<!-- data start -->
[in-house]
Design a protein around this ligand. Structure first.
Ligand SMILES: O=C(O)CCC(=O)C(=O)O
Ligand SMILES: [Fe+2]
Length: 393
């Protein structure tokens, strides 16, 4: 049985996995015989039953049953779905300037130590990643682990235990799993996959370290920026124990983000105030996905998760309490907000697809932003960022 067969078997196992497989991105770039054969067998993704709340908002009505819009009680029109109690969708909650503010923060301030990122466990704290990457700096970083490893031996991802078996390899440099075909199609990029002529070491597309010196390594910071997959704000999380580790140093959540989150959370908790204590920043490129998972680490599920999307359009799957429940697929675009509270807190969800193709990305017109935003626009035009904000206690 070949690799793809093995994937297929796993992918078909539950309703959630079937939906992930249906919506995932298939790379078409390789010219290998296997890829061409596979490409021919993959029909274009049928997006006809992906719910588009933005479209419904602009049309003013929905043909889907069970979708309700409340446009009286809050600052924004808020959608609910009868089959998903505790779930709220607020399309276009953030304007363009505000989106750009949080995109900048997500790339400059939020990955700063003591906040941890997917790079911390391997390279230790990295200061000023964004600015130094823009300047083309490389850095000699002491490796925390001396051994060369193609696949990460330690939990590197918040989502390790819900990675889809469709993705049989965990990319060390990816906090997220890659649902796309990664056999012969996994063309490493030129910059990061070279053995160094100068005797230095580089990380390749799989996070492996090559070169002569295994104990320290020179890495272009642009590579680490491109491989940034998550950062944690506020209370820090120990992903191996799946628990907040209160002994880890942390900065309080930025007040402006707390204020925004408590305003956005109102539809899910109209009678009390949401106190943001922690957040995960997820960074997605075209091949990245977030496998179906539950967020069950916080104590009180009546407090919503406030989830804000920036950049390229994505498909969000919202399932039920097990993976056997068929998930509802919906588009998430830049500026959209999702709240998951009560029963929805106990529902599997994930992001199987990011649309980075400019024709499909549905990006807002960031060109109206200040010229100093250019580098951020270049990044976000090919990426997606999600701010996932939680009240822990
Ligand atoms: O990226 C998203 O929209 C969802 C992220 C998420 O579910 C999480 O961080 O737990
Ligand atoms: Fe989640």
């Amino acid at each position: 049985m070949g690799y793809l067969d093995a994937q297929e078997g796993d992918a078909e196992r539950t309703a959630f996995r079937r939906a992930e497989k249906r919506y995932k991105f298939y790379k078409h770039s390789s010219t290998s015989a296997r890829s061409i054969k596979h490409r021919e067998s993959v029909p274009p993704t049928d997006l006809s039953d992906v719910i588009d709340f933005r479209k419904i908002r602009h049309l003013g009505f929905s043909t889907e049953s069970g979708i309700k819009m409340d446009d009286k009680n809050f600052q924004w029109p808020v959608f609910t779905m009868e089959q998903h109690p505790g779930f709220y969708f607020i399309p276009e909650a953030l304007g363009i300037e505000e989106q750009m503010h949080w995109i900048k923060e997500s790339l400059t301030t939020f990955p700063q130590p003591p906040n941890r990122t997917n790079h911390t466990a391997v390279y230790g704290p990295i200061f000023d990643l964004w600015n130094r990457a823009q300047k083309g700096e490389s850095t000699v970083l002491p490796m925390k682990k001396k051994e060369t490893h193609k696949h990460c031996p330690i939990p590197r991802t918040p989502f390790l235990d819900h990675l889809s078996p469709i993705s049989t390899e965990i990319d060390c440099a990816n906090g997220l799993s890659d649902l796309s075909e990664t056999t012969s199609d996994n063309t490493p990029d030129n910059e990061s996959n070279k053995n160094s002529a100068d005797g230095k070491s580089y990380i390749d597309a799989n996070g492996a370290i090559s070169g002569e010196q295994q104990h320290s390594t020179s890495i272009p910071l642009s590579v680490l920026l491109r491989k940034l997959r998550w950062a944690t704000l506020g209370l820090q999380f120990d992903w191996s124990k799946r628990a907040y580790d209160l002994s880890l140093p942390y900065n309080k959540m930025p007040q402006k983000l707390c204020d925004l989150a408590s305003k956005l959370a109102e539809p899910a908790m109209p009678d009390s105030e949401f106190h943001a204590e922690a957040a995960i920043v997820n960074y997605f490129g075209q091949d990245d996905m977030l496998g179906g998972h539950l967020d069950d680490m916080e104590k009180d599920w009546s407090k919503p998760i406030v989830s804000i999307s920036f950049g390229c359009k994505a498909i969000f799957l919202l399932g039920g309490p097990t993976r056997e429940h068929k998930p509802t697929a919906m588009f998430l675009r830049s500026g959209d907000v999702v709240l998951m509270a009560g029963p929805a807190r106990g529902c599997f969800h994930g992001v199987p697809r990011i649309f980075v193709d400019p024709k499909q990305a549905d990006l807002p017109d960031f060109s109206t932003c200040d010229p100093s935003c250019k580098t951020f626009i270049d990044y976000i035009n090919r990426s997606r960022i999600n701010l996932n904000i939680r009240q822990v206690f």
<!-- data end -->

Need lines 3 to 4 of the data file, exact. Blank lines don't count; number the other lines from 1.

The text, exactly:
Ligand SMILES: O=C(O)CCC(=O)C(=O)O
Ligand SMILES: [Fe+2]